Now if you want to say these believers are getting weak teaching then you have good argument. My experience is theses  believers   supplement their teaching like Rubio by going to a Gospel preaching church too. 

Now I do agree a good argument could be made that Billy Graham used his ministry to gain influence.  Also I do agree that he may have went to far by being to ecumenical but the fact is he recognized their were believers in these other churches and had a driving desire to bring people to Christ. 

For the record the Jones' did not have a perfect record either. Let's see Racism KKK Affiliation Hang the Gays etc.  

Remember it's the Convergant churches and Evangelical Schools who seem in better shape then the hardcore Fundamentalist churches and institutions. It's their young trained Preachers who are rejecting the pure Fundementalists and becoming sinful Convergents.  It's a shame because I think the hardcore Fundementalists have a lot to offer if they could do their message in love without condemning all others outside.  So many believers are compromising themselves.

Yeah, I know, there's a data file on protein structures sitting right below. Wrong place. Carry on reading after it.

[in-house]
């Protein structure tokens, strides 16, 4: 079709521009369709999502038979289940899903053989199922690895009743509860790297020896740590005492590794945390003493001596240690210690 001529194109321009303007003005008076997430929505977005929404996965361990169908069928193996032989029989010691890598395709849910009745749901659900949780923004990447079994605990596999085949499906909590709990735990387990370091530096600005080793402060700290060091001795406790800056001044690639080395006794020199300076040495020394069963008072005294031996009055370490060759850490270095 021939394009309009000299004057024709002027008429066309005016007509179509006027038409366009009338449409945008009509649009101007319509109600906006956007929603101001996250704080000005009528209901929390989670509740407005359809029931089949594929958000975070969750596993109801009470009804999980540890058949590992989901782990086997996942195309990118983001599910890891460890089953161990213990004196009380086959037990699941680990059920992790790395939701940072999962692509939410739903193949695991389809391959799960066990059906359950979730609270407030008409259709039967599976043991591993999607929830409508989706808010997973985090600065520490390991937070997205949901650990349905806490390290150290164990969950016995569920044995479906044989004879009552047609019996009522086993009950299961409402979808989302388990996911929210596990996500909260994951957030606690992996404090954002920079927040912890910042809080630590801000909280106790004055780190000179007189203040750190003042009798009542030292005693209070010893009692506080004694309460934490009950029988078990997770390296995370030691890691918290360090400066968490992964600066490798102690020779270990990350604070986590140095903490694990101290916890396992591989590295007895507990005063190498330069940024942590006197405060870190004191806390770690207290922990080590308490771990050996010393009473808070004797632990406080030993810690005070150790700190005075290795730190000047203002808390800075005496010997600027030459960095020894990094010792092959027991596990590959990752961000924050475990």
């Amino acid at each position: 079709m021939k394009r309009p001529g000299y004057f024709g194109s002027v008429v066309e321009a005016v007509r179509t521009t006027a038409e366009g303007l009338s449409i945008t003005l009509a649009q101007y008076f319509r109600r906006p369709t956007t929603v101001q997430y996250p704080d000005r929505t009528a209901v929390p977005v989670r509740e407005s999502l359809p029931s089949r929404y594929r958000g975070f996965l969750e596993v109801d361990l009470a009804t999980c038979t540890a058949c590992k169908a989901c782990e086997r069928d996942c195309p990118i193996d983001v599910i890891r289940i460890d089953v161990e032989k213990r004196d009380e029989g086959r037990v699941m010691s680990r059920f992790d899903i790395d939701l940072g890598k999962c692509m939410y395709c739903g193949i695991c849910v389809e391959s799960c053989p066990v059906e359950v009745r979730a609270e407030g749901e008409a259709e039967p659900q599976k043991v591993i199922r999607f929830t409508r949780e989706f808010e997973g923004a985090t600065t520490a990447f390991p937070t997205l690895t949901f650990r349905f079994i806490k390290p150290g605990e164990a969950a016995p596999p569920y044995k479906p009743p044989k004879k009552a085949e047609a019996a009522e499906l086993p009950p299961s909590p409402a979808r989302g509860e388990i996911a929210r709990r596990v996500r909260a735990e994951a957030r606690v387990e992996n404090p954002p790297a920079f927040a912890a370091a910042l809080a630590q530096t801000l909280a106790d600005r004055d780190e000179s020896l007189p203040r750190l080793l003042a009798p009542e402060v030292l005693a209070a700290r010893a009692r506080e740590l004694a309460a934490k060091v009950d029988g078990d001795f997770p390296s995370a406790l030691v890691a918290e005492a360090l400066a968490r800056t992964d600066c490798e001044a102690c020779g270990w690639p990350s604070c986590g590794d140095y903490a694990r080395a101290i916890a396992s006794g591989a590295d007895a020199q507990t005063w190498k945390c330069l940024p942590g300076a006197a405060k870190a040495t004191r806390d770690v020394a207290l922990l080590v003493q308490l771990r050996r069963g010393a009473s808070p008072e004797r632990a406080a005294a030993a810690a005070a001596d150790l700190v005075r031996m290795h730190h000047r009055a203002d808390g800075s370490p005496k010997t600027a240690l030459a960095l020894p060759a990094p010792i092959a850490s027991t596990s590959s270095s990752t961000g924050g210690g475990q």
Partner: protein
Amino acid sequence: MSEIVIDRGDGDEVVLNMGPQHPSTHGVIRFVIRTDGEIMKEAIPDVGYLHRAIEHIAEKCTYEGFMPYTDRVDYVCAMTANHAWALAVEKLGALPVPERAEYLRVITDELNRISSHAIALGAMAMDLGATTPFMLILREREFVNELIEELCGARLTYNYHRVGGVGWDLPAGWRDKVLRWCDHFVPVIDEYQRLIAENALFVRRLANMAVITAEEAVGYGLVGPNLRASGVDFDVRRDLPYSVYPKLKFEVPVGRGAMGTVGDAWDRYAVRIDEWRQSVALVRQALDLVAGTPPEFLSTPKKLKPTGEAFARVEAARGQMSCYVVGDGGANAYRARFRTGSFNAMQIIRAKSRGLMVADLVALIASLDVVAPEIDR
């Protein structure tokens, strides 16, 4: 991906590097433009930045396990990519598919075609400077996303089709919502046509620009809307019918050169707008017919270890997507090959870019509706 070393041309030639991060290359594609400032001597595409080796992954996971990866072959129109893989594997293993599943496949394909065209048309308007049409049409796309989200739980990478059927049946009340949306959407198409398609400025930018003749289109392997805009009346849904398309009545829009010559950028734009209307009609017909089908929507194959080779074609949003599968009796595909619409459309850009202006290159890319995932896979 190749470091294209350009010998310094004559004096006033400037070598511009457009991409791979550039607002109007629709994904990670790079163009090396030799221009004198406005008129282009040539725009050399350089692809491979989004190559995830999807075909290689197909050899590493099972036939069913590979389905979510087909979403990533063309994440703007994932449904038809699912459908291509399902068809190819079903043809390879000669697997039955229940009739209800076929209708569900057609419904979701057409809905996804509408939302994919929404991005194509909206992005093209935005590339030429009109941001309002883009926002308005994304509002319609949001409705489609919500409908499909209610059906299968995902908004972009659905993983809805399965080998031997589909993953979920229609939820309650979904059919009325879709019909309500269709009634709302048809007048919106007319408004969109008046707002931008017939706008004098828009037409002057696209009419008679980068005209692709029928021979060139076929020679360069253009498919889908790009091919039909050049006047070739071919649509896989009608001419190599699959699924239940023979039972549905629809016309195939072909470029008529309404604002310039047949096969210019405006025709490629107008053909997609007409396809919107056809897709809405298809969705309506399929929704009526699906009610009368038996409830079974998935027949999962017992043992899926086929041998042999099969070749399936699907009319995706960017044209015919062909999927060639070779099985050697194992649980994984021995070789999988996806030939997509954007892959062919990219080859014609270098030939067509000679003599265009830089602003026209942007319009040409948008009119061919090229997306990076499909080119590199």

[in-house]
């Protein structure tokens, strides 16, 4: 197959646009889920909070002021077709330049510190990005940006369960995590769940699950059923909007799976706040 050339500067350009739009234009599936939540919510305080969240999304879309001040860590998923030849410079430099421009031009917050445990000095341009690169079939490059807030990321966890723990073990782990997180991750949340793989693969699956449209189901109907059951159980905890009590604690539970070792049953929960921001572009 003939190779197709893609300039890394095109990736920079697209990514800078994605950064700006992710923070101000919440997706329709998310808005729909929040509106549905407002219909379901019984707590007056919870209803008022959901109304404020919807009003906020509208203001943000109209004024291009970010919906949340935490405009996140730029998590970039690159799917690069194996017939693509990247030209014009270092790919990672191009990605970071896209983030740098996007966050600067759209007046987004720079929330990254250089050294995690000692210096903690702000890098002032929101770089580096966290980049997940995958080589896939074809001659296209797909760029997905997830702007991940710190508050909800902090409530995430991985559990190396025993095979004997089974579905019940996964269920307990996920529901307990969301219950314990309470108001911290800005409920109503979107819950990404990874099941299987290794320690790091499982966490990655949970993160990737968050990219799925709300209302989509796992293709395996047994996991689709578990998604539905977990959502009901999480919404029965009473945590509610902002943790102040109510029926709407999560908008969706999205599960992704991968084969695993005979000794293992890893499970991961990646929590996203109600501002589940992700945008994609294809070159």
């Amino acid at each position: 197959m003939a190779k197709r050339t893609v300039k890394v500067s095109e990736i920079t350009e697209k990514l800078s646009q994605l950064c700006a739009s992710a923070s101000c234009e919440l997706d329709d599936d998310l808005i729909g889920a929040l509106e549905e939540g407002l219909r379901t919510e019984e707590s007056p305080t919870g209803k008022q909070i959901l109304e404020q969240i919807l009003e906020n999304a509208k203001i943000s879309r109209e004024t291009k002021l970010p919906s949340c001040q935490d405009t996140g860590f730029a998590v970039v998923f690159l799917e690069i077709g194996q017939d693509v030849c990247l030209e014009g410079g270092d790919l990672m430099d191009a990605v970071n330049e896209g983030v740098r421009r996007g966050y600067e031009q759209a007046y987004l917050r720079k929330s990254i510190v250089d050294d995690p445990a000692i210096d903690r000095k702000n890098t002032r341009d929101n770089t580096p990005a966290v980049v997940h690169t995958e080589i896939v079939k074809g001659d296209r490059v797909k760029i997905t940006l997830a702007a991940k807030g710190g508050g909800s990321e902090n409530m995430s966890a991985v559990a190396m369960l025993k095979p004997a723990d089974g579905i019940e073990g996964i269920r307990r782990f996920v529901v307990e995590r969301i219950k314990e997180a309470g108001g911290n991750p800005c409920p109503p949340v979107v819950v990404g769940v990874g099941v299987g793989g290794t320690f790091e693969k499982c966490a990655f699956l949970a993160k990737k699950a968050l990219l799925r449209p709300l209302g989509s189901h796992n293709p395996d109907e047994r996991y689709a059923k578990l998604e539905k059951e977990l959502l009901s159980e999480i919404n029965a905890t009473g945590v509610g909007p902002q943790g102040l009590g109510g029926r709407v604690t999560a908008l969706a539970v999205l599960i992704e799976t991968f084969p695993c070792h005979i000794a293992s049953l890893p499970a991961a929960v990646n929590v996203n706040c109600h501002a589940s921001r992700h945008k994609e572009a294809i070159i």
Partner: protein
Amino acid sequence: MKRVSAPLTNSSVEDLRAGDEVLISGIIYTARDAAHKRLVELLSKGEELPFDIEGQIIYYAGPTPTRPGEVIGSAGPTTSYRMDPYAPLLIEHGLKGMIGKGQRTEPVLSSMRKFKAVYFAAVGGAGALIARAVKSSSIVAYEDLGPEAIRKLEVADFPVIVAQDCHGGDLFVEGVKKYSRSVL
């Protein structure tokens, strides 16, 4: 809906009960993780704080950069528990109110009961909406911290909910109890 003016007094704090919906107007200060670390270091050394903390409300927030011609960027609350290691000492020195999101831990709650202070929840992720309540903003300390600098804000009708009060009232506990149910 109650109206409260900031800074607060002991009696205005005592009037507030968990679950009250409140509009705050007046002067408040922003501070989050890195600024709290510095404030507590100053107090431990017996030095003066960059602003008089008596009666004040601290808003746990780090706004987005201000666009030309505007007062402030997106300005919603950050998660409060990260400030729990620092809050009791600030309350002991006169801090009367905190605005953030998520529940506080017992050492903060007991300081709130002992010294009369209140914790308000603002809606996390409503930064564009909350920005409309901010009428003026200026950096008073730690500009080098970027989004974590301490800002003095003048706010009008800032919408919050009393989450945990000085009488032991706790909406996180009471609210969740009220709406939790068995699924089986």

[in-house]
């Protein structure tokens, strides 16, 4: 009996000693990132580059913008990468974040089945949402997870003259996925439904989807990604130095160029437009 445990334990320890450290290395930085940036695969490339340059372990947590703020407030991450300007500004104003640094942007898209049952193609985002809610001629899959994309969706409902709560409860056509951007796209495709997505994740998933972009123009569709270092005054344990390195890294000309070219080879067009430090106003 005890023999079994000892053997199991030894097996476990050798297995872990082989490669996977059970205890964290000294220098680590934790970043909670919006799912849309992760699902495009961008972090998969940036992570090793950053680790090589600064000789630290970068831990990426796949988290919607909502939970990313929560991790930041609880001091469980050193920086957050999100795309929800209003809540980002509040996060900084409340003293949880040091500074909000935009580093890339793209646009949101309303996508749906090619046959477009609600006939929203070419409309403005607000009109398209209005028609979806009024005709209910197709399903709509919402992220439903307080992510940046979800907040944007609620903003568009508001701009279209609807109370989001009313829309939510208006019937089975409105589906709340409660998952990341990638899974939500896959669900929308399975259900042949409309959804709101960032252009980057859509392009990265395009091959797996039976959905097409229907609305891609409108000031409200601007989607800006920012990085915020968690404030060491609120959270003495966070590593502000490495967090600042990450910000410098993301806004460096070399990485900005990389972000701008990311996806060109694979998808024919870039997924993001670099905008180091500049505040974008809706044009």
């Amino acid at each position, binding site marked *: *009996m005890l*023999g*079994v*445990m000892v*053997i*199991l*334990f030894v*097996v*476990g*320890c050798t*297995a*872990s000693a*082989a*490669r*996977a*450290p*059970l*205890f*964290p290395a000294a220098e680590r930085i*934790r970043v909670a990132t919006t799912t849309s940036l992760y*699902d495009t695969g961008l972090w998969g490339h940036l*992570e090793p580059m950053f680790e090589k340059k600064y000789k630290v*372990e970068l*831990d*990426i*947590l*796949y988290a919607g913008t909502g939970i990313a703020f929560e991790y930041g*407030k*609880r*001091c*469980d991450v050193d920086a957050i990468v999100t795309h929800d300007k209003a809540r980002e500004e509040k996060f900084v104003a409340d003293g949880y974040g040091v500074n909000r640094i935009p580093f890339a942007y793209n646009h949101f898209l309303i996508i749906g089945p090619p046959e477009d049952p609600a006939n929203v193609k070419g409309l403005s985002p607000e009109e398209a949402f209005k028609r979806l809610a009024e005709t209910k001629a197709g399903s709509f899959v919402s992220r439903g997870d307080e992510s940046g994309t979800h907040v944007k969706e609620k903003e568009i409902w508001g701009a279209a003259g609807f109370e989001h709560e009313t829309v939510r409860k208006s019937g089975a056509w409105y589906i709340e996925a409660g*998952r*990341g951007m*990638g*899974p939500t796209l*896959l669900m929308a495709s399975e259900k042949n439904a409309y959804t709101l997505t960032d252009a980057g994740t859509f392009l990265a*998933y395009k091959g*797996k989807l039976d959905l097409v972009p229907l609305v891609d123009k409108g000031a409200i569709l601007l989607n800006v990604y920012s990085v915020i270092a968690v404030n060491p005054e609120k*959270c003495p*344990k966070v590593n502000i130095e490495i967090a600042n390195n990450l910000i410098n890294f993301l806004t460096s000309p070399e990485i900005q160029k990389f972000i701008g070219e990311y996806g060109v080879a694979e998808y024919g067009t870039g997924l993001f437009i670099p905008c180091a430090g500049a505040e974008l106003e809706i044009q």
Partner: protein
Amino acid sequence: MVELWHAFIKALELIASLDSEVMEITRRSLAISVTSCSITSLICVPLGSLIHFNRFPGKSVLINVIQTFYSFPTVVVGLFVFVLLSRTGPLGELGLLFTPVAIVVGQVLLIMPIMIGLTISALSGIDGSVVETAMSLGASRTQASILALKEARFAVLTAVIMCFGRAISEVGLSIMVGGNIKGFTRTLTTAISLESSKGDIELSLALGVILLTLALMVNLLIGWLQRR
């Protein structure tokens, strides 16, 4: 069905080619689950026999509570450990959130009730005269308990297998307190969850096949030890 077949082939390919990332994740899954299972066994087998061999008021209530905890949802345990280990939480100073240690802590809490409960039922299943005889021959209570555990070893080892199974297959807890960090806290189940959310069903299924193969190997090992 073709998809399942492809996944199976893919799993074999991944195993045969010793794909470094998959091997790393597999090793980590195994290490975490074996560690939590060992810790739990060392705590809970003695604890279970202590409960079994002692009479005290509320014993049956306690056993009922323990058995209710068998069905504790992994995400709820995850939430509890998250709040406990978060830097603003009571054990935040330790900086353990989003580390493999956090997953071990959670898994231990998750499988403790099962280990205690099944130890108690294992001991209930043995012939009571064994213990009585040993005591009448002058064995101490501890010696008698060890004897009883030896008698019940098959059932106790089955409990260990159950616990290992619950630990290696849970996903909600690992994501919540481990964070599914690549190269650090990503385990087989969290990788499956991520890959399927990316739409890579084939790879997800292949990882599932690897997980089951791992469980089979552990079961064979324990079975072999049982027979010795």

Fred if my assessment is wrong please correct me.  

Bert Perry's picture

Fred, understood that the Graham (and Sunday) organizations have both documented that they decided, against the advice of many others (including a bunch in the fundamental camp), to partner with people from theologically liberal, mainline churches.  No sense arguing that point!

I would guess, however, that if you were to really look at the motivations that guided this decision, you'd find about the same reason that most itinerant evangelists in the fundamental circuit don't bear lasting fruit, and about the same reason most VBS programs in our fundamental churches get gaudy "decision" and "conversion" statistics without putting a single rear end in the pew on Sunday; they assume that discipleship will take care of itself.  

And in my view, that is at least closer to the root problem with both Sunday and Graham--and yes, most of those itinerant evangelists and the like.  

Aspiring to be a stick in the mud.